It should be noted that the Wuhan biosafety level 4 laboratory was inaugurated at this institute in 2015, and from the beginning it was aimed at studying viruses such as SARS. The level of biosecurity containment is determined by the equipment that the laboratories possess, with the level 4 laboratories having the most sophisticated equipment and asepsis, so that they are authorized to work with the most dangerous pathogens, such as Ebola. During the development of this centre (which is part of a project to build a network of this type of facilities throughout China), critical voices raised, such as that of the prestigious molecular biologist Richard Ebright, who doubted that all the required safety measures would be followed, especially given certain precedents. Here, Ebright refers to several leaks that happened in high security biocontainment facilities in Beijing. Guess what? Yes, the SARS virus. Also reluctant was Tim Trevan, a biosecurity consultant, for whom security at these facilities can only be assured in societies where censorship does not predominate, implying that if any transgression occurs at such facilities, the administration would hide it by all means instead of publicizing it. Others, however, are skeptical that any kind of leak could occur in a level 4 laboratory.
A leak from such a place may be unlikely, but not impossible. In 2004, an article was published in The New England Journal of Medicine discussing how a 27-year-old microbiologist became infected with SARS (again, the virus) while working at the Institute A biosafety level 3 laboratory in Singapore. How he became infected is unknown, especially given all the individual protection measures taken at these sites. Interestingly, his job was not to work with coronavirus but with West Nile virus, but it appears that the cell culture he handled was not only contaminated with West Nile virus but also with SARS. Somehow that the study authors couldn’t resolve, that undesirable germ got into the culture.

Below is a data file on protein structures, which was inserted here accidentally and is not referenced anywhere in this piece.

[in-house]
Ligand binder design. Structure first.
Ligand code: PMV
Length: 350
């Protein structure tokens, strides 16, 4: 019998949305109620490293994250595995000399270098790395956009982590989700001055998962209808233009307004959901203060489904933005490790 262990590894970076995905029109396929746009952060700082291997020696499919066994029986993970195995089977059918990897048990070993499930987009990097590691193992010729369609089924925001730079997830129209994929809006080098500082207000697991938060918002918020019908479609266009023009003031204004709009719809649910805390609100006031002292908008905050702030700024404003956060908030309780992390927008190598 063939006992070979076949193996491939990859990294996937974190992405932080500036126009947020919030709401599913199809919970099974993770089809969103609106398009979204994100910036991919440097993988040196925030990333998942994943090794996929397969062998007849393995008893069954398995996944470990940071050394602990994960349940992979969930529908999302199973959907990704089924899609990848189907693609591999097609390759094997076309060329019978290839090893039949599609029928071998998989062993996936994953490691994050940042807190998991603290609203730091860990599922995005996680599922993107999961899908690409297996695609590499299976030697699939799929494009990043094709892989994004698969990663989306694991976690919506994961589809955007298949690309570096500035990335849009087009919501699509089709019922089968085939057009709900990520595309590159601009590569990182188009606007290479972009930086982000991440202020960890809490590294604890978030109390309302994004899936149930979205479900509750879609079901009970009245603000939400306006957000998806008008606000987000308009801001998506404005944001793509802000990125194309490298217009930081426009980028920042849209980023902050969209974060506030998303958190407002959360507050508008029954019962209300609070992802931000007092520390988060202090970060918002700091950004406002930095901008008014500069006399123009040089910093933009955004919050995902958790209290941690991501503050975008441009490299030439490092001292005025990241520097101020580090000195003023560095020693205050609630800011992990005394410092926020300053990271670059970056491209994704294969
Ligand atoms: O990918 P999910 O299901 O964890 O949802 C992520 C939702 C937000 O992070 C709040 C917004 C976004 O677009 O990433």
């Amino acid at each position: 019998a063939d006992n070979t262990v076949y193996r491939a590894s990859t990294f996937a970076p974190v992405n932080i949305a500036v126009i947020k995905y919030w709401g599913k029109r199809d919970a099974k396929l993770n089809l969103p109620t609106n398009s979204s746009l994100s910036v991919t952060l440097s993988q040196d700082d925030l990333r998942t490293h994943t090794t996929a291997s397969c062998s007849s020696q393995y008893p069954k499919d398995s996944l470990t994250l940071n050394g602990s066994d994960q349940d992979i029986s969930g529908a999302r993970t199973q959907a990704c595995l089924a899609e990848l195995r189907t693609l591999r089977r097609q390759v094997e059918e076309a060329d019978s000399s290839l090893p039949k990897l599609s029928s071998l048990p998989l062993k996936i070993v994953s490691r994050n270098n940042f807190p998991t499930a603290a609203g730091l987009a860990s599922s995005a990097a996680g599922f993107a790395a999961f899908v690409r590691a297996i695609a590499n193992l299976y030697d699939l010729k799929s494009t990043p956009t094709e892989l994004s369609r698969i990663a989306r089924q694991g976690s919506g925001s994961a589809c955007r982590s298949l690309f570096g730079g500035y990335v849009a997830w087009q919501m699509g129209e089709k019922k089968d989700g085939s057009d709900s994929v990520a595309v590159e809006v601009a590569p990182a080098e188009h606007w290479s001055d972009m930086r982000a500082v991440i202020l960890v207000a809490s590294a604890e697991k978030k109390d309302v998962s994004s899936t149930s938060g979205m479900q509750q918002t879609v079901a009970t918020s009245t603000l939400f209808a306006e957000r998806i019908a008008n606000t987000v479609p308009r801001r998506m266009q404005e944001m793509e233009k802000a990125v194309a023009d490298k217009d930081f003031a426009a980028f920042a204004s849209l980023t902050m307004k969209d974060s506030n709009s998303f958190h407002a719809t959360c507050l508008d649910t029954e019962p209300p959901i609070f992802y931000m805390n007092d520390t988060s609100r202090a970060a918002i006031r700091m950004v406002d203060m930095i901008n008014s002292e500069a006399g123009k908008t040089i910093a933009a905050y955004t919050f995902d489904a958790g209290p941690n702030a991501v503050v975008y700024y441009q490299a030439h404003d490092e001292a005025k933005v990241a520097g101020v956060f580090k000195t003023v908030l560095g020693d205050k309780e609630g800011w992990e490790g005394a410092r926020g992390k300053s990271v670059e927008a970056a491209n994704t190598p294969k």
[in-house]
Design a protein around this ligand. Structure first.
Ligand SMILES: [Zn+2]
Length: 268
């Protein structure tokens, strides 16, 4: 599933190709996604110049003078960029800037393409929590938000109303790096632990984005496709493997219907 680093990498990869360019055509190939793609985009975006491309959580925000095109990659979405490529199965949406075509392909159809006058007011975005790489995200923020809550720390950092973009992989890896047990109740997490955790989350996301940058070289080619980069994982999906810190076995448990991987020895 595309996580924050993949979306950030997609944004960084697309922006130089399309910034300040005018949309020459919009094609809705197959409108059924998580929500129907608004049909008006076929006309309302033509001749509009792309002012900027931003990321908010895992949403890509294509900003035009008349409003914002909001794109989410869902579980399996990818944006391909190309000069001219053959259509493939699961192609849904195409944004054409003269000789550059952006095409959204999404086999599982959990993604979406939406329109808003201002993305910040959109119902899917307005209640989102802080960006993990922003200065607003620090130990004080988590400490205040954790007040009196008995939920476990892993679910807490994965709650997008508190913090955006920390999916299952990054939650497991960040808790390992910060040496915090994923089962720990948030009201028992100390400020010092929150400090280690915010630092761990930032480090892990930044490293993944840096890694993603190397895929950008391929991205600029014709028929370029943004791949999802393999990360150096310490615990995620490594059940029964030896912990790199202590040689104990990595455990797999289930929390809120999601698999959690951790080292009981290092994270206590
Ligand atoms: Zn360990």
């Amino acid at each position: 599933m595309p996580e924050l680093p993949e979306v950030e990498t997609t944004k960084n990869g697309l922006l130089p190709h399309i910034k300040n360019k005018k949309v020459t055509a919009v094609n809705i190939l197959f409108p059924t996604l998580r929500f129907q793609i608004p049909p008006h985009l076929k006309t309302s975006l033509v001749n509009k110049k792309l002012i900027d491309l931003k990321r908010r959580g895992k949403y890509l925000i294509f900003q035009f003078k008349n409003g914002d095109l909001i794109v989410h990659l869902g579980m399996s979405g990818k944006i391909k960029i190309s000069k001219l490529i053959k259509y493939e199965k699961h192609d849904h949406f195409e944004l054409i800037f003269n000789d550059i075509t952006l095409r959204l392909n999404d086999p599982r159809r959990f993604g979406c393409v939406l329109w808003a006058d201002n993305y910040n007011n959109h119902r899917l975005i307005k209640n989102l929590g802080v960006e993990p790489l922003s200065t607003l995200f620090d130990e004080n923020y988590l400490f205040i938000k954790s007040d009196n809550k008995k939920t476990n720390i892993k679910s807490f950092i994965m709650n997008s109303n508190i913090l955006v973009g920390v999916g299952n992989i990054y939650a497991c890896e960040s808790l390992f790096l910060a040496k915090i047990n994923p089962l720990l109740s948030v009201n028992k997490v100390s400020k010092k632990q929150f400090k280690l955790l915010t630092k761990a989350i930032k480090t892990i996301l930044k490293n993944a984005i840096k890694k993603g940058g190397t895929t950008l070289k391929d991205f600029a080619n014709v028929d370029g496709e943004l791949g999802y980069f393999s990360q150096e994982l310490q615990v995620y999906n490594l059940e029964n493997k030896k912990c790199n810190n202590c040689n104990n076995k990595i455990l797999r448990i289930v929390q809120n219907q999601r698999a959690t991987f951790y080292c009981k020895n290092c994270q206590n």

However, Andersen himself rejects the possibility that the coronavirus has escaped from a laboratory strain. He argues that if this were the case, a pre-existing progenitor strain with genetic characteristics very similar to those of SARS-CoV-2 would have been isolated, and so far nothing of the sort has been found. Not even SARS-CoV-1 could serve for the manufacture of this virus due to the phylogenetic distance that separates them. SARS-CoV-2 would be a new species and did not exist before in nature. He also suggests that some mutations found in the current virus should have been produced in an immunological scenario and that in vitro cell cultures would not have been sufficient. In any case, much is still unknown about the virus and nothing rules out that in the future new data may appear suggesting negligence as the origin of the pandemic and refuting the theses of Andersen and company… Or maybe not.